An informative essay by Chaney scholar Michael F. Blake is included and there are a few nice extras consisting mainly of shots from the production of the film; the re-release trailer is also included, although it lacks music and doesn't appear to have been remastered.
I'm very pleased with this disk. I can't compare it to the two-disk set released by Milestone because I don't own it yet. I seem to recall reading reviews to the effect that one can't fast forward, pause, or reverse the Milestone set (this would drive me insane)--such isn't the case here. Chapters are easily accessible, and the film opens with the "Lantern Man," which I seem to recall reading isn't the case with the Milestone set. There's no evidence of the "ghosting" mentioned in reviews of the Milestone set; in fact, the print is exceptionally clear with only some of the "underground" scenes prior to the unmasking showing serious evidence of age. The film itself is captivating and it bears mentioning that Chaney's performance is poetry in motion--it's impossible not to watch him, even when he appears only in shadow. I can't imagine anyone's being dissatisfied with this disk--its only drawback is its cheesy snap case. Highest recommendation--my hunch is that it hasn't been superceded by the Milestone release.
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on February 23, 2004
This DVD has restored the original 1925 and 1929 versions of Lon Chaney's incredible performance in "Phantom Of The Opera". It's got better sound quality and picture, uses sequences from the Charles Gounod French opera "Faust", dialogue and musical soundtrack/score. It's a must have for fans of Lon Chaney and for those who admire the art of early horror in cinema. Lon Chaney was the first, real horror film star. He was known in his day as "The Man With A Thousand Faces". His films were tinged with horror, violence (whether external or internal), and heavy tragedy and melancholia. He morphed into different characters by putting on layers and layers of costume and make-up. He could be everything from the tragic murderer-clown in "Laugh Clown Laugh" (inspired by the Leoncavallo opera "I Pagliacci") the hunchback Quasimodo in The Hunchback Of Notre Dame and in this case the frightening living spectre in Phantom Of The Opera.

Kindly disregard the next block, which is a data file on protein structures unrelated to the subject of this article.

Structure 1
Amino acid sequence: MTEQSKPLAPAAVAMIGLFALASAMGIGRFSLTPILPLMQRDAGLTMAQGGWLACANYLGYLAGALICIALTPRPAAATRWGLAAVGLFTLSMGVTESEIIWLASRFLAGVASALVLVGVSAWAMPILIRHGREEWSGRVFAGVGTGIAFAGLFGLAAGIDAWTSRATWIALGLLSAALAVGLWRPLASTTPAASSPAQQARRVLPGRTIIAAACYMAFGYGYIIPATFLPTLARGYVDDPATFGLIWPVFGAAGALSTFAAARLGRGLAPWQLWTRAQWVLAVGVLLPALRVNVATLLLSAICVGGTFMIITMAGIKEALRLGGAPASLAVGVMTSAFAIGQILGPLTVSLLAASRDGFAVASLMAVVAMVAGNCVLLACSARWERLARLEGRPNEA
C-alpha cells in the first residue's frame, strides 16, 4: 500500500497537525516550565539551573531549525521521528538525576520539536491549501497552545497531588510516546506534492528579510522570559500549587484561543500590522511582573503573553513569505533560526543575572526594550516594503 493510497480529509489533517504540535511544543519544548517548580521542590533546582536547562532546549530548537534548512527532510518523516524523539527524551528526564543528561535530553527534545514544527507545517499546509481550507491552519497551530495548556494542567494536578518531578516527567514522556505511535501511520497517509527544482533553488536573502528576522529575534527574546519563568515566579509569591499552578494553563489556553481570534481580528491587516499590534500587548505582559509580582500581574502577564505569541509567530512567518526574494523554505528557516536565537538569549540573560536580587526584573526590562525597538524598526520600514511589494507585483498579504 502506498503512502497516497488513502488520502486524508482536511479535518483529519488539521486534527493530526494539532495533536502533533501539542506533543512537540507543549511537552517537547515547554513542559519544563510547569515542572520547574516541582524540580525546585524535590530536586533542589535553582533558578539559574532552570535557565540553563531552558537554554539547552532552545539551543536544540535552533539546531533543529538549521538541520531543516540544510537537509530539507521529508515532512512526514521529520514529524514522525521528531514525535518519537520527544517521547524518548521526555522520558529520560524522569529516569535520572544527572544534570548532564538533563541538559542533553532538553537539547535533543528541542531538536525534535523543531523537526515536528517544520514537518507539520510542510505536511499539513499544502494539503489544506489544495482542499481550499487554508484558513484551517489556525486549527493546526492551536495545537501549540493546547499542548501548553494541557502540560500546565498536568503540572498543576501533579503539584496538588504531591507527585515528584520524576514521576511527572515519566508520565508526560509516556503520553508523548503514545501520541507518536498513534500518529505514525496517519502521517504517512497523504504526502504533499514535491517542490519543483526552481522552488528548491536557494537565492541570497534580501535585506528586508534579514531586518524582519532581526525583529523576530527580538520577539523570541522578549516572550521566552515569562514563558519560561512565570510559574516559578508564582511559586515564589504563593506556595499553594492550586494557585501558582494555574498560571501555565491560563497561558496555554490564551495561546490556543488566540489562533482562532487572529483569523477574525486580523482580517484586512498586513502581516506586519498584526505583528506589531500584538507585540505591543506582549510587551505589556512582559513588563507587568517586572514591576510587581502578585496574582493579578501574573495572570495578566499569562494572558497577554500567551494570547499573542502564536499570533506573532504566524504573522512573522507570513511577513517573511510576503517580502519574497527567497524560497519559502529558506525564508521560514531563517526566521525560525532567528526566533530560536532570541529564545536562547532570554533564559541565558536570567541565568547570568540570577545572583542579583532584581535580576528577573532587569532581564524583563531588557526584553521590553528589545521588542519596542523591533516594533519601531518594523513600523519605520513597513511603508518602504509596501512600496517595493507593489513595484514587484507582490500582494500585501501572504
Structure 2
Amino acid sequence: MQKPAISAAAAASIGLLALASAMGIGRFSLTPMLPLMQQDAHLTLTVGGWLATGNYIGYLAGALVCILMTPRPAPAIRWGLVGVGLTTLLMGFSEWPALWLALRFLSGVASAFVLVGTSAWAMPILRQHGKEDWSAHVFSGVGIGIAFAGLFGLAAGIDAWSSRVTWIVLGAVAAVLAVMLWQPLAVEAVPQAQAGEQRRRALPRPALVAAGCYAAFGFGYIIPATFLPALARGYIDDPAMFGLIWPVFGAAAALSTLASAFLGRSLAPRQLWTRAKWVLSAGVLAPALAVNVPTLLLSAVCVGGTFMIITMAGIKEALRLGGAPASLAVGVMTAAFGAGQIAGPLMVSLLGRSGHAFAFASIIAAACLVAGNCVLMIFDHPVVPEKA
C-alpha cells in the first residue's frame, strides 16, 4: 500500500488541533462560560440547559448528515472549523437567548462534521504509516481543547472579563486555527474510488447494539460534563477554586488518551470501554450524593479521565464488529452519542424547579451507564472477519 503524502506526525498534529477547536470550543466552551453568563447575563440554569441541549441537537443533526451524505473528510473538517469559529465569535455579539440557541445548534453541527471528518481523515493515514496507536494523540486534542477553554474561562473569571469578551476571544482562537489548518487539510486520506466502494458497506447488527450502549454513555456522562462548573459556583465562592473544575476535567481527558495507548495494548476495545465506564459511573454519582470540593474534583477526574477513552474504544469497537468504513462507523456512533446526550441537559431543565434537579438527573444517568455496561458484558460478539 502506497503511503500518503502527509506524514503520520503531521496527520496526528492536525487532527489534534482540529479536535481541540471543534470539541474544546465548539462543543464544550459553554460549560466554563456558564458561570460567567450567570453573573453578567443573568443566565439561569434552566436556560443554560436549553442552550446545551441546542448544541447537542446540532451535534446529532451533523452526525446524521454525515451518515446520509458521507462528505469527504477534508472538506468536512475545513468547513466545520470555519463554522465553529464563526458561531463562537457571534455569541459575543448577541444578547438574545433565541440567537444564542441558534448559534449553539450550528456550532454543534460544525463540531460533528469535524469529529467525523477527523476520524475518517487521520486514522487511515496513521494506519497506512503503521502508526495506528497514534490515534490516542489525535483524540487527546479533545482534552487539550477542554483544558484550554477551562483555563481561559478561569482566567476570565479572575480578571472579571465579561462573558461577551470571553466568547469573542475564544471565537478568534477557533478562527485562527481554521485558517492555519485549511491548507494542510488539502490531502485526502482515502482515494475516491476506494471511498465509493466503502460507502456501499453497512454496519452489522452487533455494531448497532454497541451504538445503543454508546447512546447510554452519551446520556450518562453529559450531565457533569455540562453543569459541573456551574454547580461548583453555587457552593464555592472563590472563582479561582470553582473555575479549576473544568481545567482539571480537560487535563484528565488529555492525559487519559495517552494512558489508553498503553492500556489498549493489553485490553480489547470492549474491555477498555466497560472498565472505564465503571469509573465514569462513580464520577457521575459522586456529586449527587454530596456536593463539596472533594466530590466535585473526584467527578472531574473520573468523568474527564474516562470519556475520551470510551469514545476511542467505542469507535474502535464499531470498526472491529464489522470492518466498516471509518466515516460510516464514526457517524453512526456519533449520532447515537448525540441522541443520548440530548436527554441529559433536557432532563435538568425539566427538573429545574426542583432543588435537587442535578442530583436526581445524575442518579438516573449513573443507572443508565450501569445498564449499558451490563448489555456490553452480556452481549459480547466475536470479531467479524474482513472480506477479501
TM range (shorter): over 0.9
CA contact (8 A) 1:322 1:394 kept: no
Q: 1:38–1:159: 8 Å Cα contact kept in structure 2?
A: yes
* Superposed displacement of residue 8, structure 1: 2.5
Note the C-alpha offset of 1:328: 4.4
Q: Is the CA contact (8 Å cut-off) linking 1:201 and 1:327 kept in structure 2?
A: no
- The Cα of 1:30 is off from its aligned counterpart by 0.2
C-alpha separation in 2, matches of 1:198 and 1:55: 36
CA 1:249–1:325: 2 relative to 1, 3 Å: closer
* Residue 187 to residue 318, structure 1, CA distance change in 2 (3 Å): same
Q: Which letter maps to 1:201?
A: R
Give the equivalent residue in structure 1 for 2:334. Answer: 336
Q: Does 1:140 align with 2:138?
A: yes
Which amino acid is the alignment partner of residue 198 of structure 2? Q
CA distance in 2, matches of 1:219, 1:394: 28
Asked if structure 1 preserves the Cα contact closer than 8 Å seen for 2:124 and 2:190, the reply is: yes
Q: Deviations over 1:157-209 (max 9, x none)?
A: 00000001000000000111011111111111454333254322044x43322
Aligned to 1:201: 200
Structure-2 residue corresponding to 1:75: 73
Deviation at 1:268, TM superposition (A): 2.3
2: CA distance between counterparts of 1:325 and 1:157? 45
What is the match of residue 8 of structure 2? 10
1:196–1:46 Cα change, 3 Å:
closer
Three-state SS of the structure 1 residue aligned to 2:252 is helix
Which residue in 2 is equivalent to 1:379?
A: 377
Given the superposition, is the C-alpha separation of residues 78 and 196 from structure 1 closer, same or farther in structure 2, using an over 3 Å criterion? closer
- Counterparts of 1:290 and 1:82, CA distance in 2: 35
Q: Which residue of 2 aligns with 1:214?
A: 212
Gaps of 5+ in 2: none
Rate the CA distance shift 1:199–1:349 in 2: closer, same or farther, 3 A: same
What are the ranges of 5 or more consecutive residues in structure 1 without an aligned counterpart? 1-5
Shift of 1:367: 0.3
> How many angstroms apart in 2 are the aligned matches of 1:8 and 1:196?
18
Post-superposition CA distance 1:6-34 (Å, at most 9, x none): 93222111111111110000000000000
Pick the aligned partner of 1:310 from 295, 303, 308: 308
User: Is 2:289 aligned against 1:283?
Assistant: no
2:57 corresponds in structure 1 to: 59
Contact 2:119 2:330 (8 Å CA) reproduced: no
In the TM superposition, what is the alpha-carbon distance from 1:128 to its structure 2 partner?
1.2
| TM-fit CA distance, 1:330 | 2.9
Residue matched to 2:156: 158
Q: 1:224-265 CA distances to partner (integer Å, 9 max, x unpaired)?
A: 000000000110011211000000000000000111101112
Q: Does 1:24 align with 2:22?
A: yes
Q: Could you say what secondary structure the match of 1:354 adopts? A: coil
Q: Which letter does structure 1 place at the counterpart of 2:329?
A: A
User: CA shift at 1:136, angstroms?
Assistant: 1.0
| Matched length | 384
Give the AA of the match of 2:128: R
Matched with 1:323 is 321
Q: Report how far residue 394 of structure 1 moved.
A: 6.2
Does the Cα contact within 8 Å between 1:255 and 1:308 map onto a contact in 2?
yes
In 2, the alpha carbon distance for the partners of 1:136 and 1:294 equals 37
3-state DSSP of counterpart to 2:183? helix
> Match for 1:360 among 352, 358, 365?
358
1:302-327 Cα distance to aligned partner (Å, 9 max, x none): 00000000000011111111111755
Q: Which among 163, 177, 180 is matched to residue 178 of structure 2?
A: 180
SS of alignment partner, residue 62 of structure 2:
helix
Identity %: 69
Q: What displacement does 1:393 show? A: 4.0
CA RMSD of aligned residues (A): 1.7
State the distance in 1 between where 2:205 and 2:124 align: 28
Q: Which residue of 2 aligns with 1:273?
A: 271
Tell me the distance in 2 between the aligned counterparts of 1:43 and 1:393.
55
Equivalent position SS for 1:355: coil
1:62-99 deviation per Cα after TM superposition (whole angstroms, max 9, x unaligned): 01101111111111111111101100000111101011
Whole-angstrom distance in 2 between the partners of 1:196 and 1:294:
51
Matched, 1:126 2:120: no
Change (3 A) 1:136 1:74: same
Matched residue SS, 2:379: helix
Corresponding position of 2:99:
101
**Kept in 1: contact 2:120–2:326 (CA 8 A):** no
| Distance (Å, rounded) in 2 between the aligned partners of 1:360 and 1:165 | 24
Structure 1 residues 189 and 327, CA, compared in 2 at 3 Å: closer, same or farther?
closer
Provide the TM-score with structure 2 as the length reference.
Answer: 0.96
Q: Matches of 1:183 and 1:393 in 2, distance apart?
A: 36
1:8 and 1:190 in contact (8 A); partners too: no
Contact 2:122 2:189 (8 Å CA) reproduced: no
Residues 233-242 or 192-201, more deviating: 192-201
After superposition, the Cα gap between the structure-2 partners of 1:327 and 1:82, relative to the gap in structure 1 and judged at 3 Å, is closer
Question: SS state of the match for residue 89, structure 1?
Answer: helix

The Phantom Of The Opera was first a French novel. By the time of the 1925 and 1929 Lon Chaney film, it was already popular and a familiar story to many. Later, it would enjoy even more success in other film versions and even as a Broadway musical by Andrew Lloyd Webber. The simple but tragic story involves a pianist/organ player who was scarred for life in a fire in a theatre and forced to live under the new Paris Opera theatre. He has fallen in love with the soprano Christine. But he is feared and hated by those who work in the theatre- the ballerinas, conductor, musicians and singers ( who incidentally are rehearsing for performances of Gounod's Faust, an opera about the man who sold his soul to the Devil and regarded as Gothic and scary in its day) The sheer scale of suspense and horror in the film is tame by today's standards but it was great back then. It really is a film of great art. It would be a perfect addition to you're film collection. If you love Lon Chaney, this film is the one to get. You can always build upon Lon Chaney films since his movies are numerous. Five stars well earned.
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on January 7, 2004